New law requires landlords to ensure homes “fit for human habitation”
The Homes (Fitness for Human Habitation) Act 2018 (“the Act”) becomes law on 20th March 2019 and requires landlords to ensure that all rented homes are fit for human habitation.
The Bill was originally introduced by Karen Buck MP in June 2015 but failed to make progress through Parliament. Following the Grenfell Tower tragedy in June 2017, the Bill was revived and supported by Shelter and organisations such as Residential Landlords Association (RLA) and National Landlords Association (NLA).
The Act implies the term into tenancy agreements that “the property is fit for human habitation and will remain so during the tenant’s occupation”. This means landlords or agents acting on their behalf will need to ensure that this is the case. It will apply to all new tenancies or leases after 20th March 2019, including renewed fixed term tenancies. Landlords renting properties on existing periodic or secure tenancies will be given 12 months form this date to comply with the requirements of the Act. It applies to the common parts of a building owned by a landlord, i.e. in an HMO or stairs and lifts in a block of flats. Importantly, the implied term cannot be contracted out of by a landlord.
Perhaps the significant difference which the Act makes is that it allows a tenant to take legal action against their non-compliant landlord for breach of contract. And if successful, a court could award a tenant damages or order the landlord to take remedial action. Tenants will actually be able to take enforcement action themselves instead of relying on their local authority to do so.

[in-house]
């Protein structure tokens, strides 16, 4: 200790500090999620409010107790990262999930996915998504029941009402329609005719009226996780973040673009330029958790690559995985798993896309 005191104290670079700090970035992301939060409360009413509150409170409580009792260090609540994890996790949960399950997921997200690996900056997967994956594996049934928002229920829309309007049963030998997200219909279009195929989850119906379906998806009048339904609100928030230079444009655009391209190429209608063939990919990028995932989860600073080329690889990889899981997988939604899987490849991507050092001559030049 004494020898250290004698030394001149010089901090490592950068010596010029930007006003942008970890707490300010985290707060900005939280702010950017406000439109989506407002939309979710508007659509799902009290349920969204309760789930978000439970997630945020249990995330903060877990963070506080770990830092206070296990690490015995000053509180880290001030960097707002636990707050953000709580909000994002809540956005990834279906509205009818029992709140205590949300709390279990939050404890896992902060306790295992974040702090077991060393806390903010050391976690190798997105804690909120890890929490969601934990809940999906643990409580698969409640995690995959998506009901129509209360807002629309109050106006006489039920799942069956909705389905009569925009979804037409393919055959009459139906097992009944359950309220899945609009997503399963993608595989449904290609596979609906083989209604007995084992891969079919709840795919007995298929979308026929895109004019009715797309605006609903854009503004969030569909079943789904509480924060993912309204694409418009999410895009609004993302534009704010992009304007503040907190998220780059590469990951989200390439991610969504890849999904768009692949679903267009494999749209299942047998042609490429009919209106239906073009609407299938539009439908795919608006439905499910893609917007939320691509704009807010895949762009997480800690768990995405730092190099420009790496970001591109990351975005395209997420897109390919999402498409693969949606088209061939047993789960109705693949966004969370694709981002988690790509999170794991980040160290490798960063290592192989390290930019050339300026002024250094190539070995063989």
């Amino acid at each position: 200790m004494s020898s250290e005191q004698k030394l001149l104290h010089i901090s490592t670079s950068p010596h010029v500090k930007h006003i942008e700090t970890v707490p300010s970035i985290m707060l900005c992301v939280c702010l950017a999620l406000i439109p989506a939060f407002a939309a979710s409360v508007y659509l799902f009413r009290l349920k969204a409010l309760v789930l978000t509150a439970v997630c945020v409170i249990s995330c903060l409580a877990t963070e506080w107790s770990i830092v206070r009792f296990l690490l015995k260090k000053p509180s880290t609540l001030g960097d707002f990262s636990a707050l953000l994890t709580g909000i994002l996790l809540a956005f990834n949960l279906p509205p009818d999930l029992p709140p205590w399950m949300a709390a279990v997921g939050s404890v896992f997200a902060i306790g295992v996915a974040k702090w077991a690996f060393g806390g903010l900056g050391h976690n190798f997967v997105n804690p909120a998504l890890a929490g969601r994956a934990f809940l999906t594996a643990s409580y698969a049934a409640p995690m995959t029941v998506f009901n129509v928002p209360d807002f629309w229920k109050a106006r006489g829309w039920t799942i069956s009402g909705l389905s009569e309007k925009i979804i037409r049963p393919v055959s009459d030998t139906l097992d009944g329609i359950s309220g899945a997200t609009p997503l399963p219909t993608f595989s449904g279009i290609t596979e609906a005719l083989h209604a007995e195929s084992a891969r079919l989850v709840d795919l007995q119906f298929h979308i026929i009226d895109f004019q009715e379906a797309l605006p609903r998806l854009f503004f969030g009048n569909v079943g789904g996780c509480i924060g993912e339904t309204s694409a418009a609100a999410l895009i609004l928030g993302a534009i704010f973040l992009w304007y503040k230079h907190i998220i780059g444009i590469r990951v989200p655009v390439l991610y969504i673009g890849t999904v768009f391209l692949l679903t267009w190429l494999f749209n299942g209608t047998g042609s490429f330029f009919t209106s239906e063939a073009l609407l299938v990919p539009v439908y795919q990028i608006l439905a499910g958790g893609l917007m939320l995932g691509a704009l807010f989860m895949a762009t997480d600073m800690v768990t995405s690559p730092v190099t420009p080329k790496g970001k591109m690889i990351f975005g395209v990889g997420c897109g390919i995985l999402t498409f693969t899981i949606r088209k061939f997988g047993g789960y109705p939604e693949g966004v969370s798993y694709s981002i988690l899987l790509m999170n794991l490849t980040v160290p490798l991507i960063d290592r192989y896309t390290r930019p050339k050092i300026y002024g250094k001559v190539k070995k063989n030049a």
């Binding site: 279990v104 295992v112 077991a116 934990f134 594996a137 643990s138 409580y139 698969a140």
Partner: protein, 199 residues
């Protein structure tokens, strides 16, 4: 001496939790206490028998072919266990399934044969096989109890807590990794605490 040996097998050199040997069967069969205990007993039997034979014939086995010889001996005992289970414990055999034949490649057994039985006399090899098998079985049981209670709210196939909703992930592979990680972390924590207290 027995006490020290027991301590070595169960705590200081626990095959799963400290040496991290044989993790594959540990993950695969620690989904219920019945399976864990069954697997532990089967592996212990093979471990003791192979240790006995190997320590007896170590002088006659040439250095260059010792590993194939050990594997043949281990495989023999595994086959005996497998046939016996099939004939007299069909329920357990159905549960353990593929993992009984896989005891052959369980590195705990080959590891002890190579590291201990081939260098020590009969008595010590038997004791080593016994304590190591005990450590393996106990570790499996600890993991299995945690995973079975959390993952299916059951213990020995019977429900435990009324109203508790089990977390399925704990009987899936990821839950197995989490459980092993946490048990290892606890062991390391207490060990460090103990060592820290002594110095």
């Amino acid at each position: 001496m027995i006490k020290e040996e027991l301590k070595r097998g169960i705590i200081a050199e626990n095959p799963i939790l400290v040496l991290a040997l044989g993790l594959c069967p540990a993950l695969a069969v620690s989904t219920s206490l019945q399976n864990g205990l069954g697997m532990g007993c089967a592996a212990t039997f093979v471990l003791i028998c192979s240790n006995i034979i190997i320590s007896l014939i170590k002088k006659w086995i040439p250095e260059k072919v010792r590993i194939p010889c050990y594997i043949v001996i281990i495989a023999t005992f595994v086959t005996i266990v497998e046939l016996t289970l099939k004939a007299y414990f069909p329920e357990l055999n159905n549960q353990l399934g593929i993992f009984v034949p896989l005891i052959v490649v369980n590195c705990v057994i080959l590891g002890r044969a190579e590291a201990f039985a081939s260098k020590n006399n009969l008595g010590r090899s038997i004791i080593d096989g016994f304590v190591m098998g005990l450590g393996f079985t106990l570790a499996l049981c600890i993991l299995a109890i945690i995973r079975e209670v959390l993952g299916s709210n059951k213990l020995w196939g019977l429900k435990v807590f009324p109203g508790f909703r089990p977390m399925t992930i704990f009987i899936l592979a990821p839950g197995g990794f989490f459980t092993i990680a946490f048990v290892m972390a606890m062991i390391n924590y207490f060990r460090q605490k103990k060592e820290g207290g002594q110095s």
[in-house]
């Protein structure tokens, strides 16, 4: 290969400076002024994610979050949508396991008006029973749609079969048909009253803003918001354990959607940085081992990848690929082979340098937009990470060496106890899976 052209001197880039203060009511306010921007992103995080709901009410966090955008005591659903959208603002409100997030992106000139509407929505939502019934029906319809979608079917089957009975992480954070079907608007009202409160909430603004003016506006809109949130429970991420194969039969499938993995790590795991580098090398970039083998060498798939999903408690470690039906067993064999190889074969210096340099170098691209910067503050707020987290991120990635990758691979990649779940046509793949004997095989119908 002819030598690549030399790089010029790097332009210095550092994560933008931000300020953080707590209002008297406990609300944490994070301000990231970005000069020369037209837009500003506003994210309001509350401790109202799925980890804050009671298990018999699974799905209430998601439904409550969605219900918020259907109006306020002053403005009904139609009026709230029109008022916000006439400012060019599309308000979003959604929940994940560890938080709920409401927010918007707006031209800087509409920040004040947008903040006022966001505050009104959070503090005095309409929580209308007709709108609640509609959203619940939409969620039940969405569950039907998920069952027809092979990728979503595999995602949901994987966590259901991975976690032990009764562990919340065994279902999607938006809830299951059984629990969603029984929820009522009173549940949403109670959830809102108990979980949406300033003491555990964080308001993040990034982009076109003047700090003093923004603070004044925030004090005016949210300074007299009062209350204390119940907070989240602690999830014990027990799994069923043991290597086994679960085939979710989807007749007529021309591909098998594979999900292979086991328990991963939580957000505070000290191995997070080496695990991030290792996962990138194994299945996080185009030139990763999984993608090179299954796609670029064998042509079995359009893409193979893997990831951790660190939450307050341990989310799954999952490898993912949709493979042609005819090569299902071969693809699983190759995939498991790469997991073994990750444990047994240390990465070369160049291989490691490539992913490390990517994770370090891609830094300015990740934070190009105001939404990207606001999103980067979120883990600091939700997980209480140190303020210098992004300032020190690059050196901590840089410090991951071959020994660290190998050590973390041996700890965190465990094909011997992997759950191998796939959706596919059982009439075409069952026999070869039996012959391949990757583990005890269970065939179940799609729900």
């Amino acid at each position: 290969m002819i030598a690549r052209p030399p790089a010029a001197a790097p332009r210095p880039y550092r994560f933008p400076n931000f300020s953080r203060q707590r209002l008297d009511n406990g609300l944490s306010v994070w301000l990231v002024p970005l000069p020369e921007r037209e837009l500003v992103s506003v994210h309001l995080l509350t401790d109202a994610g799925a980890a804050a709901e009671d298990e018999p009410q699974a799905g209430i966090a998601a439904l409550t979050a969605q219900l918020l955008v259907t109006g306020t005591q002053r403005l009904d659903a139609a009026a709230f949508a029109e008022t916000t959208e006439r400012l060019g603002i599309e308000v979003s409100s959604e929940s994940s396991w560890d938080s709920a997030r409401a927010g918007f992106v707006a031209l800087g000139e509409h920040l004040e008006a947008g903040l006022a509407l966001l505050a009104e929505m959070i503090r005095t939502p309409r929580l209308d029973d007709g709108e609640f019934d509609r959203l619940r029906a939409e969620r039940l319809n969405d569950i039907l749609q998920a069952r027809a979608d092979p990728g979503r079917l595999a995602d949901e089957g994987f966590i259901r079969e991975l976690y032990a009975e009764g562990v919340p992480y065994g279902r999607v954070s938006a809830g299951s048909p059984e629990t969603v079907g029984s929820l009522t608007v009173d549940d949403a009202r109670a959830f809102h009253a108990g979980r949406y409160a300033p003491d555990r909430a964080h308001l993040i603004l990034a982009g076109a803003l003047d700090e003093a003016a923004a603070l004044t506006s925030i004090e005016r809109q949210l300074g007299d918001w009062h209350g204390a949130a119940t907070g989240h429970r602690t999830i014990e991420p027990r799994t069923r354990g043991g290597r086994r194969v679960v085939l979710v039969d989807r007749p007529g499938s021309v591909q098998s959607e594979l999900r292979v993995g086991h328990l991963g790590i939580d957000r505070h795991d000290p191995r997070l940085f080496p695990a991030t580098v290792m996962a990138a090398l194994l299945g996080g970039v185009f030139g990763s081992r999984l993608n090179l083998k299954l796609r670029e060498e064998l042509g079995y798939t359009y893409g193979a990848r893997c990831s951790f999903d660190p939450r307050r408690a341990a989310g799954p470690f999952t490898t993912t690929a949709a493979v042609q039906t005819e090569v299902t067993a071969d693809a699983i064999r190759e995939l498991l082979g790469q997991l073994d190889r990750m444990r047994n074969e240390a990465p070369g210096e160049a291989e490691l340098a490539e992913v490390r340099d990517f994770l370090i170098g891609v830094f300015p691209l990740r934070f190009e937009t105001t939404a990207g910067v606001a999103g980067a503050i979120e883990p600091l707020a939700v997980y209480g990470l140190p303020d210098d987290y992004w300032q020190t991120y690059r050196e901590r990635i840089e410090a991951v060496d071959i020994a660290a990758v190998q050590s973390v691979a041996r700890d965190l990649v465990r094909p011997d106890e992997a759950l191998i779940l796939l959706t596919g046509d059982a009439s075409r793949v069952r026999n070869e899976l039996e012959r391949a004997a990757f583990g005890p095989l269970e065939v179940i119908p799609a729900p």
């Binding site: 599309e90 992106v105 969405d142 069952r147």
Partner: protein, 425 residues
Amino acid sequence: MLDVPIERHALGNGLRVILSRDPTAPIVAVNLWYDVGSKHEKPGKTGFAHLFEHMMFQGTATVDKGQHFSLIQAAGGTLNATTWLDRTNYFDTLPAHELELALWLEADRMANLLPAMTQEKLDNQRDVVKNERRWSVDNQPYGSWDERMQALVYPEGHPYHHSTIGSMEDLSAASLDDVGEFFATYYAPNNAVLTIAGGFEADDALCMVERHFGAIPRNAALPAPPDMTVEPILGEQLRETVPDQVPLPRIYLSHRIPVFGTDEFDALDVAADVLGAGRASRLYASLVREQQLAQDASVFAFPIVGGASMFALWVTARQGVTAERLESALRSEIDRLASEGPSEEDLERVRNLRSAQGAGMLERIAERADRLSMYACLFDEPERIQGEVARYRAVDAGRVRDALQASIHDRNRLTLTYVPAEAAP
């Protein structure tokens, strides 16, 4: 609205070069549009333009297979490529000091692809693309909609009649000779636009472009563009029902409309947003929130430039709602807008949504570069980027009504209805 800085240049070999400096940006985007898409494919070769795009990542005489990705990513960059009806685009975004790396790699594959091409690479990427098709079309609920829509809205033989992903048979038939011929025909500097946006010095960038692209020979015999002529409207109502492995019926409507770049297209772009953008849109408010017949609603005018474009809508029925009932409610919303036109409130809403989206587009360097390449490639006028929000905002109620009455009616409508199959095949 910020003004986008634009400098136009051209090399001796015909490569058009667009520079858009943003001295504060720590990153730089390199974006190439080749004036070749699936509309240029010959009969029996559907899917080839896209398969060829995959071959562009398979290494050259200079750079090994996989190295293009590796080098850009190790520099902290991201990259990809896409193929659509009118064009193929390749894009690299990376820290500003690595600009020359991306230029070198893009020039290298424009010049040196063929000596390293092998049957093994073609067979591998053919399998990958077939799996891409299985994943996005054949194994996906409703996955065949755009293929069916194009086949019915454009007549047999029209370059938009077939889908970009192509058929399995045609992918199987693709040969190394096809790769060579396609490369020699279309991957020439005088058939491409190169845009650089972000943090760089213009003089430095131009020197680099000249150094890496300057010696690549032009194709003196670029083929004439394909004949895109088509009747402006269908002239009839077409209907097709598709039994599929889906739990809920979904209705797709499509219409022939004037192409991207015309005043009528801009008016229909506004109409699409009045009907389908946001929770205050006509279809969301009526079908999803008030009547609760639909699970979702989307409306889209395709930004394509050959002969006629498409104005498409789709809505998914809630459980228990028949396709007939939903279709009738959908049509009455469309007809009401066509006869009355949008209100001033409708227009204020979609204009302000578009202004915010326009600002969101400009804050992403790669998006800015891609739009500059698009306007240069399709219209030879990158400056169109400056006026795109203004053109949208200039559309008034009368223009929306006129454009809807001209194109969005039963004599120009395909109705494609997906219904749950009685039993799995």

Some critics see the Act as yet more regulation on landlords whilst others argue “fitness for human habitation” is a basic expectation and existing standards have not actually changed. The Act provides that when considering ‘unfitness’ regard should be had to the nine factors set out in the Landlord and Tenant Act 1985 as well as those identified by the Housing Health and Safety Rating System (HHSRS). These include a broken/dangerous boiler, excessive heat/cold, fire, damp/mould growth, noise, carbon monoxide, asbestos, crowding and space and entry by intruders. A landlord does not have to carry out works where a property is unfit for human habitation because of a tenant’s failure to use the dwelling in a tenant-like manner or as a result of a natural disaster i.e. a flood.
The reality is the majority of landlords should not find compliance with the provisions of the Act too onerous given that they should already be meeting expected standards. The full text of the Act can be found at http://www.legislation.gov.uk/ukpga/2018/34/enacted.